China’s central government has sent a letter to Hong Kong Chief Executive Carrie Lam expressing support for her administration’s decision to ban the pro-independence Hong Kong National Party (HKNP). The letter also asked that she submit a report on the incident, Lam said.

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Lam told reporters on Tuesday that she received the letter from the Central People’s Government earlier in the day and wanted to publicise it as soon as possible. The central government will also publish the full text of the letter soon, she said.

Asked if the move constituted meddling be Beijing, Lam said the letter was legitimate: “There is absolutely no question of interference.”

Carrie Lam
Carrie Lam. File Photo: Cred Communications.

According to Lam, the letter had three major points: Beijing expressed support for the ban, reiterated the Hong Kong government’s responsibility to uphold national security, and asked Lam to submit a report.

Lam said that her report would cover the “the process, the facts, and the legal procedure” on the prohibition of HKNP to show that her administration acted lawfully. She added that the central authorities had not requested any specific topics to be covered in the report.

“I am inclined to publicise the report, but will seek the advice of the Department of Justice as to whether the report can be made public, having regard to possible judicial reviews lodged by the individuals concerned,” she said.

Andy Chan
HKNP’s co-founder Andy Chan. Photo: Kris Cheng/HKFP.

She also told reporters it was normal for the chief executive to submit reports to the mainland, and did not constitute interference.

Civic Party lawmaker said the HKNP matter should solely be a Hong Kong issue and should not involve the central government.

“This is unprecedented that Beijing interferes with Hong Kong domestic issues,” he said. “We fear that it will open a flood gate and in the future Beijing could interfere with any other domestic issues.”

“When the US is paying attention to the operation of ‘One Country, Two Systems,’ we have to pay extra attention and care to that. We cannot take it for granted that the US and the Western societies will treat Hong Kong just as the same as before.”

Pro-Beijing lawmakers have supported the central government’s move to ask for a report.

Democratic Alliance for the Betterment and Progress of Hong Kong lawmaker Starry Lee said it was not rare for the chief executive to submit a report, as they will have to do once every year during duty visits to Beijing.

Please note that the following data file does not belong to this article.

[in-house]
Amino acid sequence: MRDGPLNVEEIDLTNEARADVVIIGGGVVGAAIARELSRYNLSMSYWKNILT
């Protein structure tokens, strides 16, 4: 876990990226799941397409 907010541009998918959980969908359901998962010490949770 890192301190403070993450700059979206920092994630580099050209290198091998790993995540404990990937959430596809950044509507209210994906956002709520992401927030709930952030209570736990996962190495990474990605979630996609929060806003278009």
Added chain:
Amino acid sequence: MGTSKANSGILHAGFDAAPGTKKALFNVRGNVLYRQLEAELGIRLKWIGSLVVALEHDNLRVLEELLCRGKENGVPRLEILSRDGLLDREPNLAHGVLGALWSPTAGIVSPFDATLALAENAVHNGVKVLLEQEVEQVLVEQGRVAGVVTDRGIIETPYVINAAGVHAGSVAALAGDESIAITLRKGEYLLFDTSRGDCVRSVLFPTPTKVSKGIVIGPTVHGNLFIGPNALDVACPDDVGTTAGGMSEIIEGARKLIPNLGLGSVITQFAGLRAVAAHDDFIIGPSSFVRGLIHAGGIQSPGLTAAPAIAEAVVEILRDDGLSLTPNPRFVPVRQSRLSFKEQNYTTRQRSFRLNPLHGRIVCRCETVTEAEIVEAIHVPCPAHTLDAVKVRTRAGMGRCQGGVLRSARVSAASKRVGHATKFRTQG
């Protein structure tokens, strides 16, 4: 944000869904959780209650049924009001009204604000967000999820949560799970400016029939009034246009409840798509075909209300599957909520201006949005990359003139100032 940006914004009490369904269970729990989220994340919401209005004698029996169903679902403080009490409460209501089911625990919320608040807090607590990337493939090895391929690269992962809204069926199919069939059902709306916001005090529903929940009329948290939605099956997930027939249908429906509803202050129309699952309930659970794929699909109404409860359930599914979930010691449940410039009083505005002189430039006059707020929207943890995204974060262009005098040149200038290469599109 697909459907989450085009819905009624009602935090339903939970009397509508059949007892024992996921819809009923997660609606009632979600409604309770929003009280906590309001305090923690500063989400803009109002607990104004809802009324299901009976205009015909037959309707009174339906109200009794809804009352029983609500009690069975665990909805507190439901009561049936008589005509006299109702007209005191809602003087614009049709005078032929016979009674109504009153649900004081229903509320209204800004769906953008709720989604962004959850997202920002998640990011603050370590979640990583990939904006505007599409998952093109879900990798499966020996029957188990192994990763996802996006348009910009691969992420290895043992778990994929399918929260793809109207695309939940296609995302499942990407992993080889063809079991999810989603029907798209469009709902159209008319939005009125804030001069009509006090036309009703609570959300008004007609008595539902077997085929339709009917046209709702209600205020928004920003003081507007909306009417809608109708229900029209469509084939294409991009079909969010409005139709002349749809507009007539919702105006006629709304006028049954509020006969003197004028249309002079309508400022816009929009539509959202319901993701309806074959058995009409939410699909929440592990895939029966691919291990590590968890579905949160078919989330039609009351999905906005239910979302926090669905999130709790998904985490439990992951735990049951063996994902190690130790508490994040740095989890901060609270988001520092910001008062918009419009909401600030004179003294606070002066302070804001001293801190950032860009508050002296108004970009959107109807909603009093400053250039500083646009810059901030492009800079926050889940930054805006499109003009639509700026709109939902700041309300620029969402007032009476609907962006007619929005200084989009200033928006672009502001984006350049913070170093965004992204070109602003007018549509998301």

hong kong national party
Photo: Hong Kong National Party, via Facebook.

“This is a very natural thing and showed that the central government cares about issue. The requirement also shows that constitutional relationship between the central and Hong Kong governments,” Lee said.

Asked if she believed the move will put pressure on Hong Kong courts, Lee said she did not believe so.

“The central government’s view towards independence is very obvious. I think with or without this letter, it’s so obvious to all Hong Kong people and to the country as a whole. And we have to trust our judicial system, right? They have to rule according to the Basic Law and Hong Kong laws.”

HKNP co-founder Andy Chan had told reporters that he was out of Hong Kong, but did not provide details as to what further actions he will conduct.

Asked if Chan will be arrested if he comes back to Hong Kong, Business and Professionals Alliance for Hong Kong lawmaker Priscilla Leung said it has to depend on Hong Kong laws.

“We are all concerned if the current laws, policies and practice of the Hong Kong government are enough to prevent the growth of Hong Kong independence forces in Hong Kong,” Leung said. “We will look at Andy Chan’s role and behaviour with Hong Kong laws, if he violated any.”

She said laws may have to be amended to protect national security, if Chan continues to advocate for independence.

HKFP has approached the HKNP’s co-founder Andy Chan for comment.

Additional reporting: Kris Cheng.

Holmes Chan is a reporter at Hong Kong Free Press. He covers local news with a focus on law, politics, and social movements. He studied law and literature at the University of Hong Kong.